Time Out says
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A new play from politically charged writer Roy Williams about the state of our police force.
It is entirely understandable that one of Britain’s foremost black playwrights has mixed feelings about the London Metropolitan Police. Unfortunately that conflict has led Roy Williams into ballsing up the sort of play he should be able to write in his sleep.
The clankingly-titled ‘Wildefire’ follows Sergeant Gail Wilde (Lorraine Stanley, miscast) as she transfers in from Horsham, hoping to see a bit more action in the Met. She will soon get more than she bargained for, but not before a strong opening half-hour taking us behind the scenes of a south London police station.
From ‘Sing Yer Heart Out for the Lads’ to ‘Sucker Punch’, Williams is one of our finest chroniclers of working-class culture. His decision to show the Met at a station level to be a working-class, racially integrated unit, especially in 2014, is both striking and important in a city where so much power now resides with rich white guys.
Williams is also sympathetic to the terrible pressures of the job and the culture of heavy drinking it engenders: the constant grind of cases coming in, beaten women who won’t complain about their partners, street snitches playing mind games.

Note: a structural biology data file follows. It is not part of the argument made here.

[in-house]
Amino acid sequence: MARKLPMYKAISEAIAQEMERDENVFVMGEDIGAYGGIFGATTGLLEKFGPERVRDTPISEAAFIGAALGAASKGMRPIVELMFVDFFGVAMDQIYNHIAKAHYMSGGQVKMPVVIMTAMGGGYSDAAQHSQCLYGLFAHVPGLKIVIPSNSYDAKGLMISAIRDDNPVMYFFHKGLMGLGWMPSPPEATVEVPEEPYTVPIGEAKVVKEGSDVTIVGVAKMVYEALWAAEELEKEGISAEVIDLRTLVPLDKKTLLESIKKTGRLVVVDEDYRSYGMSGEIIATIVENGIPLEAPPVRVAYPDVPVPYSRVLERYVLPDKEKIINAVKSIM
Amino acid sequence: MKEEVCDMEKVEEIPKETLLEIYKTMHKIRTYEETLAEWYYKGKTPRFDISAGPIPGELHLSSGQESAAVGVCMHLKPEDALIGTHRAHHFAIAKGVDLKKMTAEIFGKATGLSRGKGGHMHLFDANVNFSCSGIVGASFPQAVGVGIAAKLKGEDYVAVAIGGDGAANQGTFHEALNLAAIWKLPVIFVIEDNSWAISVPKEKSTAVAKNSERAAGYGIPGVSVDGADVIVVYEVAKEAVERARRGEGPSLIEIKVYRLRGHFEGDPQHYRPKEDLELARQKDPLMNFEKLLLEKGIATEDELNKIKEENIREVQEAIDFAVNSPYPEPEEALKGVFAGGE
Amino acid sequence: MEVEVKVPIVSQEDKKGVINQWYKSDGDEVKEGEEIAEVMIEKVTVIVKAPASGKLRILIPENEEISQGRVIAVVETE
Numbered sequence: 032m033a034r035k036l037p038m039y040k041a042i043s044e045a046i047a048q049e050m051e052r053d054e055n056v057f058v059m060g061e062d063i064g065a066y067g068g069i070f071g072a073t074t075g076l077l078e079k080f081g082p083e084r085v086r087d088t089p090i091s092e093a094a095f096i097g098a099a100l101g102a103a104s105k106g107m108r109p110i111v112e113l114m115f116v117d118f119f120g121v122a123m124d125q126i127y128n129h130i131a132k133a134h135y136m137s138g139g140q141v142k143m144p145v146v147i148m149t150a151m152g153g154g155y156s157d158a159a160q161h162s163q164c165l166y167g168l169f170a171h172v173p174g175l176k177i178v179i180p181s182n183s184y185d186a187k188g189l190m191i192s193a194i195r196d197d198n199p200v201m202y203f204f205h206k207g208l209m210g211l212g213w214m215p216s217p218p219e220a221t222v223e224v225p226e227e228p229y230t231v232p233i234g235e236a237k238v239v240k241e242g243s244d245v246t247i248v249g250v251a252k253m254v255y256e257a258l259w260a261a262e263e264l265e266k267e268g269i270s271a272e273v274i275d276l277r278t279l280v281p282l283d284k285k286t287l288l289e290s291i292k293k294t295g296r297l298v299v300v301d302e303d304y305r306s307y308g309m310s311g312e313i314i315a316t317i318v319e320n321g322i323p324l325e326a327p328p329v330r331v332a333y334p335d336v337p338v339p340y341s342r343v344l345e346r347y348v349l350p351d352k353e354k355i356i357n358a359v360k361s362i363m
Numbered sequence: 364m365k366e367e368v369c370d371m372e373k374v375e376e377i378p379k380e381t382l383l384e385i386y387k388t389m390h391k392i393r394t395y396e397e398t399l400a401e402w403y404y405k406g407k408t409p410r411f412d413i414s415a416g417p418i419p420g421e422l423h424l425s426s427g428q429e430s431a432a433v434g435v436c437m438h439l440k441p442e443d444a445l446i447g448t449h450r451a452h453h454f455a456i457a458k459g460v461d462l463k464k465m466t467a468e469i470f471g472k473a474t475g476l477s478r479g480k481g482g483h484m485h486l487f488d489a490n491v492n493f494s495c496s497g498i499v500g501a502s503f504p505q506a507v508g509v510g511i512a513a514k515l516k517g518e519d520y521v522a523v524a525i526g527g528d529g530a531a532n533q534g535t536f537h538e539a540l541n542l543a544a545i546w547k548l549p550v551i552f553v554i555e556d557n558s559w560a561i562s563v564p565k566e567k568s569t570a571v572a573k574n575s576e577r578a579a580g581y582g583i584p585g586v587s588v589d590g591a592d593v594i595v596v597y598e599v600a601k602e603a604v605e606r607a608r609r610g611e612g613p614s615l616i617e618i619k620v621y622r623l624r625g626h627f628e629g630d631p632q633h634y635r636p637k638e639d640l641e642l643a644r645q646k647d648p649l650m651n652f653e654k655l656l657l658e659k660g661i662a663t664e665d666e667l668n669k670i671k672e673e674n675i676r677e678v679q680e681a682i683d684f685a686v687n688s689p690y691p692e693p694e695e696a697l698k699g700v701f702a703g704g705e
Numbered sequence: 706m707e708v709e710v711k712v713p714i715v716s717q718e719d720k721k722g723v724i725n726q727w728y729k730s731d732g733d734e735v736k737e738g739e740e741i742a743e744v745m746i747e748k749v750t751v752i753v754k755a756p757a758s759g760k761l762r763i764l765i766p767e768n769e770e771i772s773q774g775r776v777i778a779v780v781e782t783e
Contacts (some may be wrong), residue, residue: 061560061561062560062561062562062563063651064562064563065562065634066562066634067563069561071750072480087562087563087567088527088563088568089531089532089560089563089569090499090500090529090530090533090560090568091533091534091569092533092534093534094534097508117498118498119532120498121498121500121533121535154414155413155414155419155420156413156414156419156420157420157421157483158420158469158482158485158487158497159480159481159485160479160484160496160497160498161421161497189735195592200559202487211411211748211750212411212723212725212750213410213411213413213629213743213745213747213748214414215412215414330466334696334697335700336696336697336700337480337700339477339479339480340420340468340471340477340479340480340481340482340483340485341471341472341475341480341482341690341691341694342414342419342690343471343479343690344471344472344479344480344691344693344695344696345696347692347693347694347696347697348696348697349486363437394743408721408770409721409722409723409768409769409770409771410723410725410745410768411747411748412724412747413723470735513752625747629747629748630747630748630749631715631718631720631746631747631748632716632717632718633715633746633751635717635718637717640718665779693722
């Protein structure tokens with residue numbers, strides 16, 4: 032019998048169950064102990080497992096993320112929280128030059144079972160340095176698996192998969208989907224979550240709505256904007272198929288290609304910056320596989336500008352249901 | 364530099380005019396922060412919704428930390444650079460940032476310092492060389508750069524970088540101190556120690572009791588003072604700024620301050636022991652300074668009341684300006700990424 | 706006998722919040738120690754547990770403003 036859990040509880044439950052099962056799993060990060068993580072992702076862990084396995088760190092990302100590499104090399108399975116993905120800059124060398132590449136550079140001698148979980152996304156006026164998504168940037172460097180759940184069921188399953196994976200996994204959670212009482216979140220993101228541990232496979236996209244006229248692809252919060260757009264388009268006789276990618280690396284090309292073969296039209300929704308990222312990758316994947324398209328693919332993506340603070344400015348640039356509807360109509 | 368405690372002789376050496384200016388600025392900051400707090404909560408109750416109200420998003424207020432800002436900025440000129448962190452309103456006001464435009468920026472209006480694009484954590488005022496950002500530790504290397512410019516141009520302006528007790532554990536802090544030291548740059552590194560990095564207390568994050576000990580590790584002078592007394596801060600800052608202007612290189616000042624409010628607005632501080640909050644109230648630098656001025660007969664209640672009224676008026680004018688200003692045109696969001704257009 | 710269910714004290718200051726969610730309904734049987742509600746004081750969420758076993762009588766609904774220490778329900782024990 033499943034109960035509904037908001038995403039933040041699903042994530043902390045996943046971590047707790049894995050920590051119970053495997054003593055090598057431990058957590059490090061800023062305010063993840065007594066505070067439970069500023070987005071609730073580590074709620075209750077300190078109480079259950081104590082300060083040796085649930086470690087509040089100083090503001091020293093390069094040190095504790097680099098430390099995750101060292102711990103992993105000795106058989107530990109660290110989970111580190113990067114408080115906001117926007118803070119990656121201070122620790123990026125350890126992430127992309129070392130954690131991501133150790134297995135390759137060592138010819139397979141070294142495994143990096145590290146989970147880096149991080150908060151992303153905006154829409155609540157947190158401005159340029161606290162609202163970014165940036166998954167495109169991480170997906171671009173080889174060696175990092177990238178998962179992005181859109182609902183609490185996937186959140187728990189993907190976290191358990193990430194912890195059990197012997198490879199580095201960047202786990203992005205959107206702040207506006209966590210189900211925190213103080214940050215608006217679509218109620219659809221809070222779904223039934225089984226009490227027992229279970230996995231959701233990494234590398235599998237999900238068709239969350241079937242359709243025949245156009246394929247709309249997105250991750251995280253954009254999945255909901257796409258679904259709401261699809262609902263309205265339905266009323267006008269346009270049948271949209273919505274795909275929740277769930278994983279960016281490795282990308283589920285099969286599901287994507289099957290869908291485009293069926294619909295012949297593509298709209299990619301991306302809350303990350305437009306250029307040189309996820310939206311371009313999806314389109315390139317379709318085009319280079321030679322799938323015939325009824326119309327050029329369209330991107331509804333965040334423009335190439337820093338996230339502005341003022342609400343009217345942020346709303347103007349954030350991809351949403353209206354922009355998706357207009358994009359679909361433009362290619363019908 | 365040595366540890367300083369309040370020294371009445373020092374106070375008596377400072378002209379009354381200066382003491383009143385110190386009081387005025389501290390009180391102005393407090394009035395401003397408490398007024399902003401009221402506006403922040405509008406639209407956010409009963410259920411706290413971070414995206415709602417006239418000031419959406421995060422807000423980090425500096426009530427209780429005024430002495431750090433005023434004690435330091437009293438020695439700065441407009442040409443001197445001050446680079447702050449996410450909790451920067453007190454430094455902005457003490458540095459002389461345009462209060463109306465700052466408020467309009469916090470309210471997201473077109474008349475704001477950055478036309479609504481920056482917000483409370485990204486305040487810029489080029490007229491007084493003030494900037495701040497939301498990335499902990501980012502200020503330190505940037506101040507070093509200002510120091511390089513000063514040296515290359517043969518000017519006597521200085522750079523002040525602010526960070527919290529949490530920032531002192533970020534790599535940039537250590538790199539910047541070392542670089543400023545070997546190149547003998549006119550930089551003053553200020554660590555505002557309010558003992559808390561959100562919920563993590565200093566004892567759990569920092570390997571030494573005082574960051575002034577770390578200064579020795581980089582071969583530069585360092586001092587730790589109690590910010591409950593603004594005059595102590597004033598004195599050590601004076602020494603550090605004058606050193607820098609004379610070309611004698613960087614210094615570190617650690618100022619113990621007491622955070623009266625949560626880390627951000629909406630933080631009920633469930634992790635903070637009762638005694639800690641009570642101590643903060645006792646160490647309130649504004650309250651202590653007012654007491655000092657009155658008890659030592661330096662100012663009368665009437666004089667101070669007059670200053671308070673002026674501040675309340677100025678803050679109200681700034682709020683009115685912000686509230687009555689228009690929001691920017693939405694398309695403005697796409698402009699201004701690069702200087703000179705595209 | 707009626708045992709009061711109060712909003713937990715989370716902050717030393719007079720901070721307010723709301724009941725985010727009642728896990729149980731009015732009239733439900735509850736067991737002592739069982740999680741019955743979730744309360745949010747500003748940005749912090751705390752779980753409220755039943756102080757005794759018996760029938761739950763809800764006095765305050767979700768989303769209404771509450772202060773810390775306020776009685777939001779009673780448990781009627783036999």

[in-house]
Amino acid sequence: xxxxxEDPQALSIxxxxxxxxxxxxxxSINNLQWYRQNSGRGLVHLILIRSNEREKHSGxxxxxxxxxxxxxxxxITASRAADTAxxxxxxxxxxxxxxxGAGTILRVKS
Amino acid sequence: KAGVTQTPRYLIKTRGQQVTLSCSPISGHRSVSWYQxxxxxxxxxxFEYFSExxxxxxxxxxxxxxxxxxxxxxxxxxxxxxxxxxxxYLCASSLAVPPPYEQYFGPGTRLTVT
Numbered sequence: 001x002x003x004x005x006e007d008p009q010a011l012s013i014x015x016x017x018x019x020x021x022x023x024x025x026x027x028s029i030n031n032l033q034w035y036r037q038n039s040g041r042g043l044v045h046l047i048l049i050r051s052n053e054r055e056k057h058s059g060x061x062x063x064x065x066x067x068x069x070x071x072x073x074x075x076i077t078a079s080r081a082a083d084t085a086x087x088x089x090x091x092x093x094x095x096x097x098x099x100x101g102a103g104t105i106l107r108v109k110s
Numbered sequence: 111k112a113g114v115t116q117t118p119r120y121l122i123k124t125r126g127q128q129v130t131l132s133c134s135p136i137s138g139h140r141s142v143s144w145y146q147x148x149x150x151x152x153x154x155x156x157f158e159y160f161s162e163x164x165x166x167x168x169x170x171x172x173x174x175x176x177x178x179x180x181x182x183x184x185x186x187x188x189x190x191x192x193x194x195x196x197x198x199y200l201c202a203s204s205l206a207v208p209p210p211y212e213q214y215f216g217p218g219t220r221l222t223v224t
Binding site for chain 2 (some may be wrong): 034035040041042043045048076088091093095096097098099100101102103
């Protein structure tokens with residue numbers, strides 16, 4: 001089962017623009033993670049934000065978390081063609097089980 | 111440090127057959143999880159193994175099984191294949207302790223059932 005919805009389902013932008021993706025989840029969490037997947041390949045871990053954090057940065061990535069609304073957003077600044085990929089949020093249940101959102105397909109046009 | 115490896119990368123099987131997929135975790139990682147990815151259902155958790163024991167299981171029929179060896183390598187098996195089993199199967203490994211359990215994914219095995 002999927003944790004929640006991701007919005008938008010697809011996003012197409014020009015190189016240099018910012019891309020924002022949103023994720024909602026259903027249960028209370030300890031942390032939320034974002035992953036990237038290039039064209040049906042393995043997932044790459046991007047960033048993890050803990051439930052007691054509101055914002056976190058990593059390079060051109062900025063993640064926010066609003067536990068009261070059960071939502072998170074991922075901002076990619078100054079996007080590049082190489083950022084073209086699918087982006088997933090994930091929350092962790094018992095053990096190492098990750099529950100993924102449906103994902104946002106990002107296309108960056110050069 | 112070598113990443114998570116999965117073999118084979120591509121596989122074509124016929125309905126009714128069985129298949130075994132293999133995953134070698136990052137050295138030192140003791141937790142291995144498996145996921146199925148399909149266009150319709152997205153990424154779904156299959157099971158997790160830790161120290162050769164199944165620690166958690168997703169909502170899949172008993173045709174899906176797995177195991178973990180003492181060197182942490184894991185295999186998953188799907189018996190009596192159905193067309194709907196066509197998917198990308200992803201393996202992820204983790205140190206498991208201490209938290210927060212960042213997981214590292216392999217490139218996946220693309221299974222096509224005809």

But of course there’s no getting away from the Met’s appalling reputation post-Stephen Lawrence, and poor Gail suffers an Icarus-like fall from grace following the stabbing of her partner Spence (Ricky Champ).
The trouble is, she goes so far off the rails and at such demented speed that it becomes impossible to work out what the hell Williams is trying to tell us. If being in the Met sent every police officer this crazy, the army would have been called in a long time ago. ‘Wildefire’ becomes a weird, disjointed beast that seems to be about a woman losing it at the pace of a Greek tragedy, rather than a critique of the Met. Williams’s determination to craft a protagonist who is both sympathetic and embodies the worst of the force’s excesses has spawned a heroine completely lacking in credibility.
Matters are not helped by Maria Aberg’s direction, which has a stylish avant-garde edge that looks great but only serves to accelerate the second half’s haemorrhaging verisimilitude, as scenes collapse into each other and Gail stumbles around in a surreal fog of guilt, anger and painkillers. Sadly, ‘Wildefire’ is a misfire.